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Goldenrod Removal at the Florida-Orchard Prairie

Posted by Alec McKay on July 25, 2021

The following email from John Marlin describes how to remove goldenrod at the Florida & Orchard Prairie and some motivation for doing so.


From: John Marlin
Date: Sun, Jul 25, 2021 at 1:51 PM
Subject: Perfect time to remove goldenrod at Florida Orchard
To: Illinois Master Naturalists


The big rain Saturday evening has left the soil in perfect condition for easily pulling tall goldenrod (see photo) at the Florida-Orchard prairie next to the UI president's house.  This is a great time for some independent action to get some hours.  Grasp the stem rather low (or several stems if you wish) and slowly pull straight up.  You may get lucky and also get 3 feet of rhizome.  Pulling the plants now just before they bloom weakens them greatly and prevents seed development.  You will often notice several stems in a circular pattern, get them all.  If you cannot carry plants away, toss them into the prairie individually.  If you cannot pull or bend over, just clip the stem 2 or 3 feet above ground level to weaken the plant and spur competitors.


During he past several years we have pulled many plants along the South and east edges and the first third of the center path, Concentrate on these areas and the first third of the central path.  (WE also worked on the North side -- including putting a drop of herbicide on cut stems).  This has paid off as the species diversity has improved in these areas.  We concentrate on pulling the tall goldenrod near more desirable species like Butterfly milkweed, Bee balm, Culver's root and others.  If you walk down the central path, notice how goldenrod dominates about a third of the way down.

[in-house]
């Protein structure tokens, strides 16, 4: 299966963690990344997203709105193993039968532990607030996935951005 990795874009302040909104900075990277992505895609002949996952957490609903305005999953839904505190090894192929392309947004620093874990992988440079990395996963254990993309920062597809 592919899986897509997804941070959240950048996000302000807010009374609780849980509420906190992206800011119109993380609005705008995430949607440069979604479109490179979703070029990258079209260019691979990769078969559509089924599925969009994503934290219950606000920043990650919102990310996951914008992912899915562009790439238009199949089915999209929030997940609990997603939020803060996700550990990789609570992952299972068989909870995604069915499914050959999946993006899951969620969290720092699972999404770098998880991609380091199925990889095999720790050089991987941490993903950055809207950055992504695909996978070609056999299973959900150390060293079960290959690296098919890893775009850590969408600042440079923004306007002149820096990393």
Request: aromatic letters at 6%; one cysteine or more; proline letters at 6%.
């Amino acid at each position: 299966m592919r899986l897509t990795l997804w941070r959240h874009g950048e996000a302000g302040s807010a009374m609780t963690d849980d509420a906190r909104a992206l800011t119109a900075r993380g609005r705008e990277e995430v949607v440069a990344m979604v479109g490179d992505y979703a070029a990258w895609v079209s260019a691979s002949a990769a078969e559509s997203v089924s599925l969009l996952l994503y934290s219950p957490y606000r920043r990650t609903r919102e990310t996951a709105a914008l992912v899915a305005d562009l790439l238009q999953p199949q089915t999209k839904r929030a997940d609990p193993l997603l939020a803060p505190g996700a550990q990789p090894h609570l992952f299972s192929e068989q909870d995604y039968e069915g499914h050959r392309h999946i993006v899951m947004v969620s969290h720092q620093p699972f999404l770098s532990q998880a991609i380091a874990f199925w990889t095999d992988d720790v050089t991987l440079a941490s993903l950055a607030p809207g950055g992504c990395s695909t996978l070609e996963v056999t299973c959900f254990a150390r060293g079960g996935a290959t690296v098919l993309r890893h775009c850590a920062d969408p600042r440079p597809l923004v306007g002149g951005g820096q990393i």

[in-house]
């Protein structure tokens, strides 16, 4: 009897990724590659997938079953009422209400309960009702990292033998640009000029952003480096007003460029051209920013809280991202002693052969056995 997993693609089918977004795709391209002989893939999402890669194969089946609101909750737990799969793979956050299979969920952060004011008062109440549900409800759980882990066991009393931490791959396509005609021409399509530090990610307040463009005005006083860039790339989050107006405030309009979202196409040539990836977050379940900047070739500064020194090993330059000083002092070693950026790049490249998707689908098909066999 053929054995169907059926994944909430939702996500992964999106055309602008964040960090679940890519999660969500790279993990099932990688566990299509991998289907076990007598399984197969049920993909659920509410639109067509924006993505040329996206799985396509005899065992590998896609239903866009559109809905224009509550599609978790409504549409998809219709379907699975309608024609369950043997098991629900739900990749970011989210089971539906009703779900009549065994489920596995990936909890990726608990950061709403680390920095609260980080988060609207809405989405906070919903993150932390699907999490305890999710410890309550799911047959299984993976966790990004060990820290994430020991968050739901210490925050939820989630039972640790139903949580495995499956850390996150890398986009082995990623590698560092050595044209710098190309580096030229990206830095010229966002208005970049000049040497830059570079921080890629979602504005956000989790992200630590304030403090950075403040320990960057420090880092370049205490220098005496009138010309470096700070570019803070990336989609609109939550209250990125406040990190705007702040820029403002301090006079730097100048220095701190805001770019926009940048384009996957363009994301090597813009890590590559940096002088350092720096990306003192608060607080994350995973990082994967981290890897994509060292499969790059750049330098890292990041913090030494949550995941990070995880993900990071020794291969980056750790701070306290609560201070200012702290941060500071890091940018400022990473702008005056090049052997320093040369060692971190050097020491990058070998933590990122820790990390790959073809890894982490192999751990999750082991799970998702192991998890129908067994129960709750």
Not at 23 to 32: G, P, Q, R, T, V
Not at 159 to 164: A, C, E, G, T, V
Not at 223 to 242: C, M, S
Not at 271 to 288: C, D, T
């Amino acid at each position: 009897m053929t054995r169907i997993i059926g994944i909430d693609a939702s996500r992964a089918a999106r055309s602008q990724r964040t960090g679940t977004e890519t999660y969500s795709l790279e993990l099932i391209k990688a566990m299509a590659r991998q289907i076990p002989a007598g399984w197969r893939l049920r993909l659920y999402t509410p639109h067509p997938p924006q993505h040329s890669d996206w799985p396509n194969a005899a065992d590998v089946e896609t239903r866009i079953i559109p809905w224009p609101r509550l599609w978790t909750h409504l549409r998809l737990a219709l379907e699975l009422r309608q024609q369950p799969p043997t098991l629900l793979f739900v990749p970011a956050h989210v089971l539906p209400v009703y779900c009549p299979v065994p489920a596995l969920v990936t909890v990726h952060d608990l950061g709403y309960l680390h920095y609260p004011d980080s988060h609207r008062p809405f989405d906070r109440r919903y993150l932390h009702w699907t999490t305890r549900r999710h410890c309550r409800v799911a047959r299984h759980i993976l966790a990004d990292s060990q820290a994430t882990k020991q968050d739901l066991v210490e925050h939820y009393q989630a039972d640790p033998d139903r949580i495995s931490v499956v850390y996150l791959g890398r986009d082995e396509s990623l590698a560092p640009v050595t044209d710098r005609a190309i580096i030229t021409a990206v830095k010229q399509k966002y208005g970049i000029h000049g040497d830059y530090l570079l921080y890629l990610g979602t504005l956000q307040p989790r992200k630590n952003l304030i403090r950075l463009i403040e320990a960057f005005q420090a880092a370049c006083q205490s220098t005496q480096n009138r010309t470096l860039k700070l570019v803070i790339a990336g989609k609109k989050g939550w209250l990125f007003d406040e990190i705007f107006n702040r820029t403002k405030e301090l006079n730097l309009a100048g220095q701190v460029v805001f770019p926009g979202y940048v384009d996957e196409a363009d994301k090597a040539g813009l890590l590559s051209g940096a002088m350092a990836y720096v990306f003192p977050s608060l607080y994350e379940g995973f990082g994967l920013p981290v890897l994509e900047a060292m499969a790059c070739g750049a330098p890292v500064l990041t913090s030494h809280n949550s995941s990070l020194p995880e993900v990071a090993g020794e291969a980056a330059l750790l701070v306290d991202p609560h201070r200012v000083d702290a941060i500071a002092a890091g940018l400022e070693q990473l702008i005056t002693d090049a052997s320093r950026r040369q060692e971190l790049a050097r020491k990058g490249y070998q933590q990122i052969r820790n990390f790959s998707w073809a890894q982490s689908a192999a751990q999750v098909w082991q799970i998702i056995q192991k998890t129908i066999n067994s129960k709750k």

There is parking in the UI lots at the Archives (Hort lab) off Orchard at the top of the Hill and at various times on Orchard street North of Florida.


This site along with others including Meadow Brook, Pollinatarium, Arboretum, Lincoln Ave. Residence, Red Oak rain garden, AND homeowner plantings allow bee and other pollinator populations a chance to expand and exchange genetic material.  Attached are a recent photo of the south side and an historical poster of FLOR in 2013.


MN's can get credit for this as part of the campus native plant projects. 


I sent this BCC to some people who helped in the past and may have some current interest.


John C. Marlin